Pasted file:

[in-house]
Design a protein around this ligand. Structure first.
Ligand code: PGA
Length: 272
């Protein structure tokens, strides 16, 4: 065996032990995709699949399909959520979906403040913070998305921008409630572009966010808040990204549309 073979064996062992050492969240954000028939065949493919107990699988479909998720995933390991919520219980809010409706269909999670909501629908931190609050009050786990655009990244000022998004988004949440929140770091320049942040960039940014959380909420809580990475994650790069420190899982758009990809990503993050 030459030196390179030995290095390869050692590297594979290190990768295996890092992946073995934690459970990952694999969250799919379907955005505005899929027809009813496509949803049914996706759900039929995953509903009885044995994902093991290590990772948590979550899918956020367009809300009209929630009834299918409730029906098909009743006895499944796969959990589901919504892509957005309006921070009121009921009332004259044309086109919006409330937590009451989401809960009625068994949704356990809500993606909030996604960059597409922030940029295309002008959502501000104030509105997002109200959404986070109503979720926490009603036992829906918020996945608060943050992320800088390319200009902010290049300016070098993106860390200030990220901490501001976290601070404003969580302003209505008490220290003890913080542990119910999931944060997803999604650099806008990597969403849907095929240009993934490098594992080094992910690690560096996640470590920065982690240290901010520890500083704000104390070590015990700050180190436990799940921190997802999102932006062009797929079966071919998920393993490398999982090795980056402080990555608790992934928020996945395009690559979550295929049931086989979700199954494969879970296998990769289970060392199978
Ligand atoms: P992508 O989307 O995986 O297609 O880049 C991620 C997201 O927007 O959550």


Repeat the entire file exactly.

[in-house]
Design a protein around this ligand. Structure first.
Ligand code: PGA
Length: 272
């Protein structure tokens, strides 16, 4: 065996032990995709699949399909959520979906403040913070998305921008409630572009966010808040990204549309 073979064996062992050492969240954000028939065949493919107990699988479909998720995933390991919520219980809010409706269909999670909501629908931190609050009050786990655009990244000022998004988004949440929140770091320049942040960039940014959380909420809580990475994650790069420190899982758009990809990503993050 030459030196390179030995290095390869050692590297594979290190990768295996890092992946073995934690459970990952694999969250799919379907955005505005899929027809009813496509949803049914996706759900039929995953509903009885044995994902093991290590990772948590979550899918956020367009809300009209929630009834299918409730029906098909009743006895499944796969959990589901919504892509957005309006921070009121009921009332004259044309086109919006409330937590009451989401809960009625068994949704356990809500993606909030996604960059597409922030940029295309002008959502501000104030509105997002109200959404986070109503979720926490009603036992829906918020996945608060943050992320800088390319200009902010290049300016070098993106860390200030990220901490501001976290601070404003969580302003209505008490220290003890913080542990119910999931944060997803999604650099806008990597969403849907095929240009993934490098594992080094992910690690560096996640470590920065982690240290901010520890500083704000104390070590015990700050180190436990799940921190997802999102932006062009797929079966071919998920393993490398999982090795980056402080990555608790992934928020996945395009690559979550295929049931086989979700199954494969879970296998990769289970060392199978
Ligand atoms: P992508 O989307 O995986 O297609 O880049 C991620 C997201 O927007 O959550």